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Fears of bioterrorism led superpowers to retain smallpox virus

Fears that terrorists could use the smallpox virus for mass casualty attacks have led both the United States and Russia to retain stocks of the lethal smallpox virus for medical research.

The disease was declared eradicated in 1980, and the World Health Organisation had called for the destruction of the world's stocks of the smallpox virus by June, 1999.

But the pathogen is still held in secure facilities at the State Research Centre of Virology and Biotechnology, or VECTOR, in the Siberian city of Kotsovo, and at the Centres for Disease Control and Prevention in Atlanta.

President Bill Clinton reversed an earlier US government pledge to destroy the stocks after experts warned samples held at VECTOR might have leaked into the hands of terrorists or rogue states in the chaotic years after the Soviet Union collapsed.

Their concerns centred around claims made by Ken Alibek, a former VECTOR official who defected to the United States in 1992.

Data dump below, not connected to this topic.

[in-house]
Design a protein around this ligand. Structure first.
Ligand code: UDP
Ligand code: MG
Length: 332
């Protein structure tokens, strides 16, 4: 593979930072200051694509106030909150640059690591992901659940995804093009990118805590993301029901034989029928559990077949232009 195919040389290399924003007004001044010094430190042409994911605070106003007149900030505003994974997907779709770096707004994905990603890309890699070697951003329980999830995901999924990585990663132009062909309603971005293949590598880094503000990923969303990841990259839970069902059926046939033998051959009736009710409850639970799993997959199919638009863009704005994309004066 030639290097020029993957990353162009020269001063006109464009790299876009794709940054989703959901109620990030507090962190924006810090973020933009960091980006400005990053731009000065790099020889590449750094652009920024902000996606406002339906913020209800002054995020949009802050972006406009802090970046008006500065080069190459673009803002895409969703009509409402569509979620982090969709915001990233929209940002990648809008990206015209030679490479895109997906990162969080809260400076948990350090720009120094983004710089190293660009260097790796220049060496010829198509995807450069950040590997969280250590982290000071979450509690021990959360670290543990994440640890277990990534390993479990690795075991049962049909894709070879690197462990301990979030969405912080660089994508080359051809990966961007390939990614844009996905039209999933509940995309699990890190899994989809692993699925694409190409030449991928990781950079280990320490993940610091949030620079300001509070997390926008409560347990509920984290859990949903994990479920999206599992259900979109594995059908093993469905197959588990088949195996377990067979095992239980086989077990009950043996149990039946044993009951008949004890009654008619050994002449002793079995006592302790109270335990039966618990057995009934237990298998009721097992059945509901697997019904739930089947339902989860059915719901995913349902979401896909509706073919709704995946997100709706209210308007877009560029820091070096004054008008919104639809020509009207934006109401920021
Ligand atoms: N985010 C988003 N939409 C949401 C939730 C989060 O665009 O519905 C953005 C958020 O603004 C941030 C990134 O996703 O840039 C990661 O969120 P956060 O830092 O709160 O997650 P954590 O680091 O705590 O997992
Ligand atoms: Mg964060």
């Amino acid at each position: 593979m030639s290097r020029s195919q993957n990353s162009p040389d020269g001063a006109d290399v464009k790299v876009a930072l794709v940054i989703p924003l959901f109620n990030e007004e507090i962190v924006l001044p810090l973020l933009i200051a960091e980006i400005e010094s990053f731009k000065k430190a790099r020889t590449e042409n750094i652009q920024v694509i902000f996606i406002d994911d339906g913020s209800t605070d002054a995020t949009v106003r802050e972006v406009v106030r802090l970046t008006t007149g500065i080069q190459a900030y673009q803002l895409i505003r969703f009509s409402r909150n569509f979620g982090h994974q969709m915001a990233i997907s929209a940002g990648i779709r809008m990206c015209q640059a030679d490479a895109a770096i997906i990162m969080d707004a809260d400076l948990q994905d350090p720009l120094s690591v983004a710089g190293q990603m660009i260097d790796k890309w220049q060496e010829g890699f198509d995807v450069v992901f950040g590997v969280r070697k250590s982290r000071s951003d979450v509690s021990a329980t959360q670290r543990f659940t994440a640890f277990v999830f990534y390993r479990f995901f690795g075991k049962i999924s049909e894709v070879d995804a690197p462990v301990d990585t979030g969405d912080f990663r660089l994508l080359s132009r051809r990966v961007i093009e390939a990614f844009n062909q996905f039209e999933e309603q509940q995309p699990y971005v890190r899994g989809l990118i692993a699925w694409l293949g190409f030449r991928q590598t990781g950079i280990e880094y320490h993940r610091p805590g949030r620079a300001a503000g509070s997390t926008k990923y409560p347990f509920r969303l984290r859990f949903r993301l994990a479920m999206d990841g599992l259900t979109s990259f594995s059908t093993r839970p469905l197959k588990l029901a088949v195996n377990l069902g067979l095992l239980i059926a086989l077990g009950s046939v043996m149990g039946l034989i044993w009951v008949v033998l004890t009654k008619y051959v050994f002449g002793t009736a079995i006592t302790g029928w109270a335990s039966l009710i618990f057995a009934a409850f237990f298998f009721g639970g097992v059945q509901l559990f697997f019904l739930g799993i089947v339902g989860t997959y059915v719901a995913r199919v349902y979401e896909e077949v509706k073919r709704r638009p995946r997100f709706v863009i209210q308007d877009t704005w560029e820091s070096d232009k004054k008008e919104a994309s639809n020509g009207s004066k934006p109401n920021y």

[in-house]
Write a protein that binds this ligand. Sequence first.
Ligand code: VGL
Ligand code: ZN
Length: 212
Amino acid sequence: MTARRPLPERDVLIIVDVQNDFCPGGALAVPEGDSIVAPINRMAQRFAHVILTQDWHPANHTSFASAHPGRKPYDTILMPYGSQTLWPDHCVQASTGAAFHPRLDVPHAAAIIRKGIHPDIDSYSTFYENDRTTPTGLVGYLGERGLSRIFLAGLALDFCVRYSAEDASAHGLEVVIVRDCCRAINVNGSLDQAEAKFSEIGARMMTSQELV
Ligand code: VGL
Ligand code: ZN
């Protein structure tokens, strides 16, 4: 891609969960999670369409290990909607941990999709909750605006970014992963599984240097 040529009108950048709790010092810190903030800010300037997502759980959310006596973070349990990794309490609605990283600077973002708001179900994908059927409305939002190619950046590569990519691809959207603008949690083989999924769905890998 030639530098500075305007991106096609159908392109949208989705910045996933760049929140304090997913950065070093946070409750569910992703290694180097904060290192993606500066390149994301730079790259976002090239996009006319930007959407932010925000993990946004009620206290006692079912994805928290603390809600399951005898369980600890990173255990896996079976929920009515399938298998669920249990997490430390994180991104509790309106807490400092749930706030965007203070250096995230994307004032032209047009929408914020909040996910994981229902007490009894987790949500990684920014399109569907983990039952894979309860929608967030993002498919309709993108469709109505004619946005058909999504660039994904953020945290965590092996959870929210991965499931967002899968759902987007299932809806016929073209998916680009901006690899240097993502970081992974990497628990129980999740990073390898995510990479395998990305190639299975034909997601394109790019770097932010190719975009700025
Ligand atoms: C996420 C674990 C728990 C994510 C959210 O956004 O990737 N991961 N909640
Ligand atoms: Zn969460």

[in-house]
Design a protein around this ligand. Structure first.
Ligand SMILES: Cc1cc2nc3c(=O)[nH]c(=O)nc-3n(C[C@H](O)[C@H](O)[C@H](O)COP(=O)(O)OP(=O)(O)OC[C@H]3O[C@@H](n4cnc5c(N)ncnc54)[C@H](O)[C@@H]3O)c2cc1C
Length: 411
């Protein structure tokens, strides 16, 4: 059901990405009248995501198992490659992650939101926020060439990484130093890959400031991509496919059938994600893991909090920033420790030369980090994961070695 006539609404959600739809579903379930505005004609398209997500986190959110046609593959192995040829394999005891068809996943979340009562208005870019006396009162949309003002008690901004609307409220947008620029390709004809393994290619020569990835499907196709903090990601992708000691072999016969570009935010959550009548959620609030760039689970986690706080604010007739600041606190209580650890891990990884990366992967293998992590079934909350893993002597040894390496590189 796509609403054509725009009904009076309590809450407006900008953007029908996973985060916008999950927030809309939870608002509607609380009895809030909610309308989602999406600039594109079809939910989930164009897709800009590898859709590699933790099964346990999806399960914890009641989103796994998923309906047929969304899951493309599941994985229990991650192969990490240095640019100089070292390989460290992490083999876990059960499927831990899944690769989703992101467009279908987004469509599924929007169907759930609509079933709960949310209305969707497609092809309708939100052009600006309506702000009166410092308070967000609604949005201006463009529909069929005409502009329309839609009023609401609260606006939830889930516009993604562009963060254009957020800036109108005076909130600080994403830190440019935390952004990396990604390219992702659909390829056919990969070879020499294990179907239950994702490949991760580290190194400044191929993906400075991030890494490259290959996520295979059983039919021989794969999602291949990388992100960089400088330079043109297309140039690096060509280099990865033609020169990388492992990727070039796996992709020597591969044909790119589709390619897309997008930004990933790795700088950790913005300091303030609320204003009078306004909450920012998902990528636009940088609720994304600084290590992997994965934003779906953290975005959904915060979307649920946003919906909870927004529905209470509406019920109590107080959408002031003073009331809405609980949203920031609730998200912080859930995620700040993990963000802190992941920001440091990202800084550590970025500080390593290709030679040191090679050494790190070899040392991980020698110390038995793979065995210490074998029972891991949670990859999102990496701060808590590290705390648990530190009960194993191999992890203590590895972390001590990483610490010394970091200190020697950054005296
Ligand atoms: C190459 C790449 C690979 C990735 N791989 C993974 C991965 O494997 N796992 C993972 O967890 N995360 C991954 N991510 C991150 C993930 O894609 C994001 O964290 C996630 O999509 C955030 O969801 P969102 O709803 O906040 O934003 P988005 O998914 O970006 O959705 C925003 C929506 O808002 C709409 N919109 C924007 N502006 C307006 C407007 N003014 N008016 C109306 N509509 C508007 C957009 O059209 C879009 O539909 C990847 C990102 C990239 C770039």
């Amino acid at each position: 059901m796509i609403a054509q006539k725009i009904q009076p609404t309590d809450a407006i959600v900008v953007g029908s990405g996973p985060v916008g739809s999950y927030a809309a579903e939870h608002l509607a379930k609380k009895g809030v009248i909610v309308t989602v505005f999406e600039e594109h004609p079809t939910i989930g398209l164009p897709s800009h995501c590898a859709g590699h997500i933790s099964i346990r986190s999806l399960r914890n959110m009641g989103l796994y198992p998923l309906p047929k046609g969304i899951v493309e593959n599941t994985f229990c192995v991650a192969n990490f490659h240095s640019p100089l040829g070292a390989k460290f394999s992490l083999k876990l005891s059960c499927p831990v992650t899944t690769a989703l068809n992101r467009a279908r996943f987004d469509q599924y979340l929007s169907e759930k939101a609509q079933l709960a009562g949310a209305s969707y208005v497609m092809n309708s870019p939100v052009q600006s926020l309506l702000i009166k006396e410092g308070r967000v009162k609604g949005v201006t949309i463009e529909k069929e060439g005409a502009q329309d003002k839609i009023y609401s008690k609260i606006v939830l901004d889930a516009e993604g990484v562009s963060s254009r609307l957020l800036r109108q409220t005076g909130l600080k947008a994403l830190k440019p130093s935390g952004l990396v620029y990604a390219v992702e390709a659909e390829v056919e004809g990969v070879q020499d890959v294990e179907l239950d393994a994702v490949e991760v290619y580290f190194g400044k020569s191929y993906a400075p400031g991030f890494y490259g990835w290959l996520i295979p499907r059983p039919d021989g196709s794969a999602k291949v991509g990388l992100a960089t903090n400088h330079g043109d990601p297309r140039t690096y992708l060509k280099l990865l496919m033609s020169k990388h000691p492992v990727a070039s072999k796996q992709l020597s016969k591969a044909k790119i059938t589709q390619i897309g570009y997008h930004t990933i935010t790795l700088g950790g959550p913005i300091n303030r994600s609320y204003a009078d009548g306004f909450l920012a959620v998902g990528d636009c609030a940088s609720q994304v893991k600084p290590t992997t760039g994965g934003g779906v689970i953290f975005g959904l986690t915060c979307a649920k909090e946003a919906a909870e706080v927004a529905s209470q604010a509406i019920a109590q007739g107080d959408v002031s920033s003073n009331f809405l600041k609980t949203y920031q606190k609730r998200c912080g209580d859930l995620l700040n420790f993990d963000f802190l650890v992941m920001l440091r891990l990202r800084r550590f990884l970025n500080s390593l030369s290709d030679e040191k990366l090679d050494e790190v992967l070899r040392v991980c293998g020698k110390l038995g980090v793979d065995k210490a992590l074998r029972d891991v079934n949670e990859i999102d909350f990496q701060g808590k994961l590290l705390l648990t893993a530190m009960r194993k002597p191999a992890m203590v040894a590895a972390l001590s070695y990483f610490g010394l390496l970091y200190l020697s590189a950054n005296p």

Mr Alibek said that the Soviet Union had succeeded in splicing genes from other viruses to produce smallpox microbes that would be invulnerable to vaccines.

"Given the extensive research in which the Soviet Union was engaged, there were reasons to believe there may be other facilities in Russia where stocks are held," said Amy Smithson, a disarmament specialist.

Experts said that the US needed to retain its stocks of the smallpox virus to combat future outbreaks, either caused by accident or rogue actors.

Last year, the US Centres for Disease Control said that after 9/11, there was concern that the virus could be used "as an agent of bioterrorism." Last year, a group of 40 al-Qaeda terrorists were reported to have died of plague in Algeria, after a biological weapons experiment went wrong.

The US Institute of Medicine at the National Academy of Sciences also argues the virus could lead to "new and important discoveries with real potential for improving human health." New vaccines against smallpox continue to be produced. Project Bioshield, a US government pandemic preparedness programme, last year received twenty million doses of smallpox vaccine for immune-compromised populations.